But that was the past, and he clearly wasn’t interested.
“That arrogance was supposed to be charming,” I whined.
“We all grow up,” Mark said, walking back to my side. He carefully undid the wires, and I only made a few awkward noises when my ex’s skin touched mine (not the least of which came because his skin was burning hot, and I was still mostly bound in a mortal shell) and then I slid out of the chair.
The holes in my skin healed up already when I ran my hands over them, so I sauntered over to his side and squinted at the results, which were… squiggly lines and burning smells. Wonderful.
“Yeah, and you grew a six pack,” I joked. “You never had that back then.”
“Working for things is an interesting experience, I’ll admit,” Mark said. “The gym is very nice here. Maybe you should use it.”
Was he mad? Why would I ever use a gym?! He must’ve read my expression, because an impish gleam darted across his burning coals.
“You’re in the past, Murray,” Mark said. “Live in the now.”
“My now is being trapped in an LLC and nobody seems to have a clue what to do with me,” I said, cross. “Am I really supposed to be alright with it?”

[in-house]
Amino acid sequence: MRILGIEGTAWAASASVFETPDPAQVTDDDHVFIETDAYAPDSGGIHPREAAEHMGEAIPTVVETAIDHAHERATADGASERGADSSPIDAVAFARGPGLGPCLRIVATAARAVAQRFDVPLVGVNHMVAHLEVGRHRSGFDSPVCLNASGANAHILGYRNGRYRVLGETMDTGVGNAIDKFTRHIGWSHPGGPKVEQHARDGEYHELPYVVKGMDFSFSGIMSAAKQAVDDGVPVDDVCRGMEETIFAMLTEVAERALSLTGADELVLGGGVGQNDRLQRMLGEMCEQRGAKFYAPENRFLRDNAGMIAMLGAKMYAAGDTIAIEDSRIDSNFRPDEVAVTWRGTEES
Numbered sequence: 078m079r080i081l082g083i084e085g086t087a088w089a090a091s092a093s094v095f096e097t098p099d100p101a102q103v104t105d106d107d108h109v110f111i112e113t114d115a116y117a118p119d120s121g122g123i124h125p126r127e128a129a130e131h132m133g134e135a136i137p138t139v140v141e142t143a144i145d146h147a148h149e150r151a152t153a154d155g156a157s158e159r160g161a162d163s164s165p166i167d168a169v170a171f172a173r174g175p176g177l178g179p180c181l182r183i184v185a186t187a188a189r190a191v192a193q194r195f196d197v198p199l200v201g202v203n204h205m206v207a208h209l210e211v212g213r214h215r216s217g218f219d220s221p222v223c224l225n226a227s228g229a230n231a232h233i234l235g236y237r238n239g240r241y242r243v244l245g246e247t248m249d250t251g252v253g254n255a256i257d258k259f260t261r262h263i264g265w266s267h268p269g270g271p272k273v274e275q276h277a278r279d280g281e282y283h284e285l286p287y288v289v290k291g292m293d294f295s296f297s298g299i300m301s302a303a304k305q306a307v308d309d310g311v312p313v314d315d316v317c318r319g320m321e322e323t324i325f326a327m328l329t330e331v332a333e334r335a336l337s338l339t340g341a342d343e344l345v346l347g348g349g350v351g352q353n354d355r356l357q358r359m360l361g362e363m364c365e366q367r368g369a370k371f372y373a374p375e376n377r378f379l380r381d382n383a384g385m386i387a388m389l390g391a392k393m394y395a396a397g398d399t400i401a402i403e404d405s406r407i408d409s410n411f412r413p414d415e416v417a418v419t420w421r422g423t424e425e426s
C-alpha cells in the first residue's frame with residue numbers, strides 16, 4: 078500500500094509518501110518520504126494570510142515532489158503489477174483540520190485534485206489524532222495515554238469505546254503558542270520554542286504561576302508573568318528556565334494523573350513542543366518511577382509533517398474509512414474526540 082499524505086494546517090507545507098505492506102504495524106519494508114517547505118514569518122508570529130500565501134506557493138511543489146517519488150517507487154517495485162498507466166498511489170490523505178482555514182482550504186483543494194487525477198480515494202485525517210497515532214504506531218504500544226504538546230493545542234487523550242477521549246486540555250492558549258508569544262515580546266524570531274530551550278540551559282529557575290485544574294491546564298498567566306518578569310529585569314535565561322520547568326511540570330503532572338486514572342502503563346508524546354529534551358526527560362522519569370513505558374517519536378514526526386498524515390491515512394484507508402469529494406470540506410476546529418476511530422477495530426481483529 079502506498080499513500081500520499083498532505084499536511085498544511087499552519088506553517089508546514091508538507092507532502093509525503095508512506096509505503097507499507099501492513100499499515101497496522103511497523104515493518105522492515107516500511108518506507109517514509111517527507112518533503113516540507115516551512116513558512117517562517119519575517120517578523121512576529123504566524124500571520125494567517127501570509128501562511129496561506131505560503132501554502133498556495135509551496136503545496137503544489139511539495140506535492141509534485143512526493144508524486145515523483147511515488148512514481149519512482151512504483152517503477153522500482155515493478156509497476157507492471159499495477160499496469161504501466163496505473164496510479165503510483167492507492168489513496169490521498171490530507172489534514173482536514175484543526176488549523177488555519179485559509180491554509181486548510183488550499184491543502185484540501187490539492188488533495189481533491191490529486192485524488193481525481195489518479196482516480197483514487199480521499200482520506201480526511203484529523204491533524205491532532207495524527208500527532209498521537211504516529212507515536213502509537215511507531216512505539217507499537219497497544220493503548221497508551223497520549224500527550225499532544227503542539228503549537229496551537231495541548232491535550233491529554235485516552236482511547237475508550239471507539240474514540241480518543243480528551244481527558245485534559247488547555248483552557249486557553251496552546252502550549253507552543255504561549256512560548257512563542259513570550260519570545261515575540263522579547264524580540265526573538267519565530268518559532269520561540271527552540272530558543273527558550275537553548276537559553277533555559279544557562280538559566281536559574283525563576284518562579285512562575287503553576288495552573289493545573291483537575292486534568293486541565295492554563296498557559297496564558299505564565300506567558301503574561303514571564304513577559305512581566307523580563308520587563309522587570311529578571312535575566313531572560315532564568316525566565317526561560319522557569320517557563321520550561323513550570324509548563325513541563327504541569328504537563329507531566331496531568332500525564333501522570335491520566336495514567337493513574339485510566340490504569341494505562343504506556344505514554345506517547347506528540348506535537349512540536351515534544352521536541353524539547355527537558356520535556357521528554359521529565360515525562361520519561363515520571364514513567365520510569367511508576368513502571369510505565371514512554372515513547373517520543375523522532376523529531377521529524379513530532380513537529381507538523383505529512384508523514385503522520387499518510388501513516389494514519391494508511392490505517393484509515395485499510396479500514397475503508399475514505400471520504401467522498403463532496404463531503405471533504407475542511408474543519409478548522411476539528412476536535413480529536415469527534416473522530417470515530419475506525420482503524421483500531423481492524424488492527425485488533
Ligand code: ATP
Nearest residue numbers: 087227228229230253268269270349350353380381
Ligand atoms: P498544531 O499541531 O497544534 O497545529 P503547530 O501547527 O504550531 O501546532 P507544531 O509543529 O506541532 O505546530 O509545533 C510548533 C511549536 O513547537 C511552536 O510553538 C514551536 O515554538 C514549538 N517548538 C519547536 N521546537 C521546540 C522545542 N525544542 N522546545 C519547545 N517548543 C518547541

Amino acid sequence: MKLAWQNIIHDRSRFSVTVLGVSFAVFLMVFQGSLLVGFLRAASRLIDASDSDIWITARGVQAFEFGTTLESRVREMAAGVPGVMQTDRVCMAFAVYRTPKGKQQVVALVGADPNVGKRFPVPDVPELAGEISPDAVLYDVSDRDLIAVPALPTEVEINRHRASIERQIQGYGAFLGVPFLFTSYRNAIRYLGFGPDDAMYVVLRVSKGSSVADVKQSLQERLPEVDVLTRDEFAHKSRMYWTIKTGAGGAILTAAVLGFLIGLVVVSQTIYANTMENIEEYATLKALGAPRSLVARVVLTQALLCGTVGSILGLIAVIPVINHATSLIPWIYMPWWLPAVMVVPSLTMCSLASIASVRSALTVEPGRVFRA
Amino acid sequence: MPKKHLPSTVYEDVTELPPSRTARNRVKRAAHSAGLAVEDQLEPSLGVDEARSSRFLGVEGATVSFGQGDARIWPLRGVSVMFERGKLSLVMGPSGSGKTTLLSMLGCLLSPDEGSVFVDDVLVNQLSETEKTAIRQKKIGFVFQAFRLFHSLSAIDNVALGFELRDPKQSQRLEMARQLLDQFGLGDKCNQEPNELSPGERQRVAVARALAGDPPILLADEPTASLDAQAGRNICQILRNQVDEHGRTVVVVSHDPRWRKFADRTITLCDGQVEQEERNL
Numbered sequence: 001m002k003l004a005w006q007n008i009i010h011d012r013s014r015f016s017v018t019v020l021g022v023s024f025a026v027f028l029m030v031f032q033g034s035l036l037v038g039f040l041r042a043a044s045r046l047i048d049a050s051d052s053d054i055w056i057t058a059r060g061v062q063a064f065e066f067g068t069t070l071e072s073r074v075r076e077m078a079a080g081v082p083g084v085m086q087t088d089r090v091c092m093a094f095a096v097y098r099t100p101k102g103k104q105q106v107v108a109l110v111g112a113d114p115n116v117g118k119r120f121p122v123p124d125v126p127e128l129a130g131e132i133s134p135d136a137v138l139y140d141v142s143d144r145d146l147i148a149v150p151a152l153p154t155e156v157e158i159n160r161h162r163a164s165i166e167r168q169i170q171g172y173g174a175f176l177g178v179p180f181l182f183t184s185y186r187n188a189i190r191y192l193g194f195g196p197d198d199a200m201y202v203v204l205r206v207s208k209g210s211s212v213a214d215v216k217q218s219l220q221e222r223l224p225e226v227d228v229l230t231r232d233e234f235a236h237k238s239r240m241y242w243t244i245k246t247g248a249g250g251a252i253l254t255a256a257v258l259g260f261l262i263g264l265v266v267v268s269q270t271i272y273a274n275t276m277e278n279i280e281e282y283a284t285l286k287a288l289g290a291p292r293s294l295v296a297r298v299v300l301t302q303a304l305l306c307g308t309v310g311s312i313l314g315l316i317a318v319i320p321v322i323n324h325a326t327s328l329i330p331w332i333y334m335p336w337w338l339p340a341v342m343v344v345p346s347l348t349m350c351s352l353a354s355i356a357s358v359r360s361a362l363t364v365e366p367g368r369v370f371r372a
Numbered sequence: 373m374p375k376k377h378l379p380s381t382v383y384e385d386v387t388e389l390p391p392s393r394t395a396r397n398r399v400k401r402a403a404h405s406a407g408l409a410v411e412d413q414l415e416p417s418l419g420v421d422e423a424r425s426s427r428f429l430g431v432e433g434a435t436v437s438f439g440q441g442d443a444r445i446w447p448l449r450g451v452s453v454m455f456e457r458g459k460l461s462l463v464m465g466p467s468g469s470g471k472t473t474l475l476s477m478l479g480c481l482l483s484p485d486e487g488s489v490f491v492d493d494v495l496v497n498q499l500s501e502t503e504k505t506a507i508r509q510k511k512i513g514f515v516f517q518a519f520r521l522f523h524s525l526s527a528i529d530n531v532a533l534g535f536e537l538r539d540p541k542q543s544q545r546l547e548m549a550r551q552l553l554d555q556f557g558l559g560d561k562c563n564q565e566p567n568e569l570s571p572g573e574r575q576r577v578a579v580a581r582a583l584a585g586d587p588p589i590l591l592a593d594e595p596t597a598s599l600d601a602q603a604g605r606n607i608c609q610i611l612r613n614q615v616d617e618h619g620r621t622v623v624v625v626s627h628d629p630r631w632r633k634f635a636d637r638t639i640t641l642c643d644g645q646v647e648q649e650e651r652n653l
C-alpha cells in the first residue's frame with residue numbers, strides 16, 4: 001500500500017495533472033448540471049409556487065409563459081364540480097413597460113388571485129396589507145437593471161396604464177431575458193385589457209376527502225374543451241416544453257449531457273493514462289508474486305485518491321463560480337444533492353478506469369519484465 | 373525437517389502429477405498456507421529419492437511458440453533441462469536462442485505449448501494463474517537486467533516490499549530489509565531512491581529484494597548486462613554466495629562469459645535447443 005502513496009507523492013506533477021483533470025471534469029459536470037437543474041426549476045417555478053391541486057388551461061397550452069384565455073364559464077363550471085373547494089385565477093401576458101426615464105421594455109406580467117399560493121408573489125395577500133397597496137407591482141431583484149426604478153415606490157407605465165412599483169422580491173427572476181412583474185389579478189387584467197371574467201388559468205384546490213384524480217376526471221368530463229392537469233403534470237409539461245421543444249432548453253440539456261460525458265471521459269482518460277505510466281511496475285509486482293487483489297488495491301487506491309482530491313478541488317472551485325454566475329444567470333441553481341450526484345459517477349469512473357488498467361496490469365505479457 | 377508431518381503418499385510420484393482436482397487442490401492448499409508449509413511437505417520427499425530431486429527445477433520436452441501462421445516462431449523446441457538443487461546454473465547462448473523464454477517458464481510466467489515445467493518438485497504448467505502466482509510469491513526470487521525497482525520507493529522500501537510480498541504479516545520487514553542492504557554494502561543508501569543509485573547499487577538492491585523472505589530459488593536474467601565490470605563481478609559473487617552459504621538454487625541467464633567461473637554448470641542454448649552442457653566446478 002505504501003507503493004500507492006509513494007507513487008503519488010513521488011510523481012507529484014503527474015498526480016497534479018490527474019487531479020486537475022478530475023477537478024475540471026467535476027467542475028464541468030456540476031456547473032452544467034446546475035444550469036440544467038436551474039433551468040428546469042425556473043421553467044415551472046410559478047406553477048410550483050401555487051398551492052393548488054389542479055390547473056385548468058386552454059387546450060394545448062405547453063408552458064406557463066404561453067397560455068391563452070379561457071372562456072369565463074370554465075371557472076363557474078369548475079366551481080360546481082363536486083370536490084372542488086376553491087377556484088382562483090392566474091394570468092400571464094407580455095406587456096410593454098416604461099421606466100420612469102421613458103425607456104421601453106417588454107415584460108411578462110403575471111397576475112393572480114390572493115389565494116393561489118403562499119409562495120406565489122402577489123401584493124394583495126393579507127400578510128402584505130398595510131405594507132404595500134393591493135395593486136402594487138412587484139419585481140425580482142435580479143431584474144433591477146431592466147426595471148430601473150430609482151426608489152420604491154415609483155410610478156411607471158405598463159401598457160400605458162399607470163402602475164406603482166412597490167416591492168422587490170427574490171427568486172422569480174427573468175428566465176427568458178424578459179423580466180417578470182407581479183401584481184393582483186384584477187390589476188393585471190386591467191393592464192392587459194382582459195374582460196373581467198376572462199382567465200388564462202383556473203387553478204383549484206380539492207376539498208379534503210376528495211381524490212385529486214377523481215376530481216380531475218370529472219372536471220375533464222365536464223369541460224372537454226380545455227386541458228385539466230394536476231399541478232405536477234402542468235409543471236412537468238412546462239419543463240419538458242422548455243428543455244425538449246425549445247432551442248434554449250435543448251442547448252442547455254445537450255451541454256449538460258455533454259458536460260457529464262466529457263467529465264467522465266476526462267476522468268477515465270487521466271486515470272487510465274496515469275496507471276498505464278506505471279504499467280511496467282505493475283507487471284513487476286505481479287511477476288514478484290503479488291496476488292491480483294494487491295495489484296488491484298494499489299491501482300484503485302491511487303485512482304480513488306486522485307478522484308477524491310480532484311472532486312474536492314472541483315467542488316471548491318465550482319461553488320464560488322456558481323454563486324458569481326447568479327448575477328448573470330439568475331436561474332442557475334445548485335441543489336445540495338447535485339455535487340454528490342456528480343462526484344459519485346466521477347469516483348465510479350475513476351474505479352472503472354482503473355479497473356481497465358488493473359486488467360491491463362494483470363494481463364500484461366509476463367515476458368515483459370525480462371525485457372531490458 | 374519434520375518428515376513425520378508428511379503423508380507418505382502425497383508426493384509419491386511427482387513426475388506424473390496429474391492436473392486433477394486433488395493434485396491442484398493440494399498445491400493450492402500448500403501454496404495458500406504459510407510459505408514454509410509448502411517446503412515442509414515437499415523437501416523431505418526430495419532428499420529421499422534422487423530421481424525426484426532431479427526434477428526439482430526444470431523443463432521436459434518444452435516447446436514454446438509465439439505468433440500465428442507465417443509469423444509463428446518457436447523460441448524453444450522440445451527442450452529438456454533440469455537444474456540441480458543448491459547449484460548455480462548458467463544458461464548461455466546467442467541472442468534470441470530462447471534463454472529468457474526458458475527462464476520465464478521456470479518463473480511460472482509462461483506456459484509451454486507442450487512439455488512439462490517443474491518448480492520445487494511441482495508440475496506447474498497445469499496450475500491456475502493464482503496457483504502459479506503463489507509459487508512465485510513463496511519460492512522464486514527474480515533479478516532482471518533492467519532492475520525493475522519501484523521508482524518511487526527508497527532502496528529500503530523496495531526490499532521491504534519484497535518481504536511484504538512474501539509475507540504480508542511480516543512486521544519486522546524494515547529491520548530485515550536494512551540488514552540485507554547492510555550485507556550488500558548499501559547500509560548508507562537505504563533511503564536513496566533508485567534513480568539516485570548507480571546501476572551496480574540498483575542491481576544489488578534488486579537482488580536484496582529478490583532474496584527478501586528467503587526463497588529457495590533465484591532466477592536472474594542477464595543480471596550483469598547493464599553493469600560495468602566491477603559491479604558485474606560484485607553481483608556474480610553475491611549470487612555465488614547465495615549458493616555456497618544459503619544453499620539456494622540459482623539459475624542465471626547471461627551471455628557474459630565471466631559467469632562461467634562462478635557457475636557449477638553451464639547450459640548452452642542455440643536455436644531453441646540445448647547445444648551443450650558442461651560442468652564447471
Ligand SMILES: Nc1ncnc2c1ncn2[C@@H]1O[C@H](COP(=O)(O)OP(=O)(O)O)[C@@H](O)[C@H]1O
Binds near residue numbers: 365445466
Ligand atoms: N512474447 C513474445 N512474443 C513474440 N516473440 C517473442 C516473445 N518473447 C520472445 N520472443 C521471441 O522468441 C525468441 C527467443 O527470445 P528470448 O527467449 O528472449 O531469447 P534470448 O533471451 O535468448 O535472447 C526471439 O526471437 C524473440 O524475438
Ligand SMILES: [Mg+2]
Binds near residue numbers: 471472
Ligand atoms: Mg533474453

“Better than jail,” Mark said. “Isn’t that what happened to your other lover?”
I bit my tongue, and was surprised to find it hurt. I turned away from him. That- that djinn was locked in a closet somewhere. Where he’d hopefully never hurt anyone else ever again.
“Ah, so you do have some idea of consequences. Glad to see you grew those.”
“I don’t want to talk about it,” I said, a tad quieter. “And I guess this is slightly better than a closet somewhere.”
“You won’t be flasked here except in emergency cases,” Mark continued. “So I wouldn’t worry about that.”
Well, if Mark wasn’t lying to me (his style had always been one of direct torture, rather than some of the more subtle arts; one of the reasons why we’d ended up together had been the utter mess he’d made of the Aegean sea) that was a relief at least. I just…
“What do we even do here?”
“Like I said,” Mark said. “A little bit of everything.” He dug through his supplies, and a machine spat out a flurry of papers embedded with sigils and runes and little spelly bits I’d never bothered learning the proper names for. He flipped through them like they were of grave importance, then shoved them at me. “Here. Go take these to the oracles.”
“Which is…?” I said, gesturing. The papers crinkled in my hands. Mark sighed, and pointed at a map on the wall.
I leaned forward, tried to memorize it (I couldn’t just wish I had it memorized, after all) and then shrugged. “Close enough.”
Then I walked past him. Hopefully, I wasn’t going to run into another one of my exes around here. Hopefully.
Or if I did, maybe they wouldn’t spend the entire time roasting me. That’d be nice.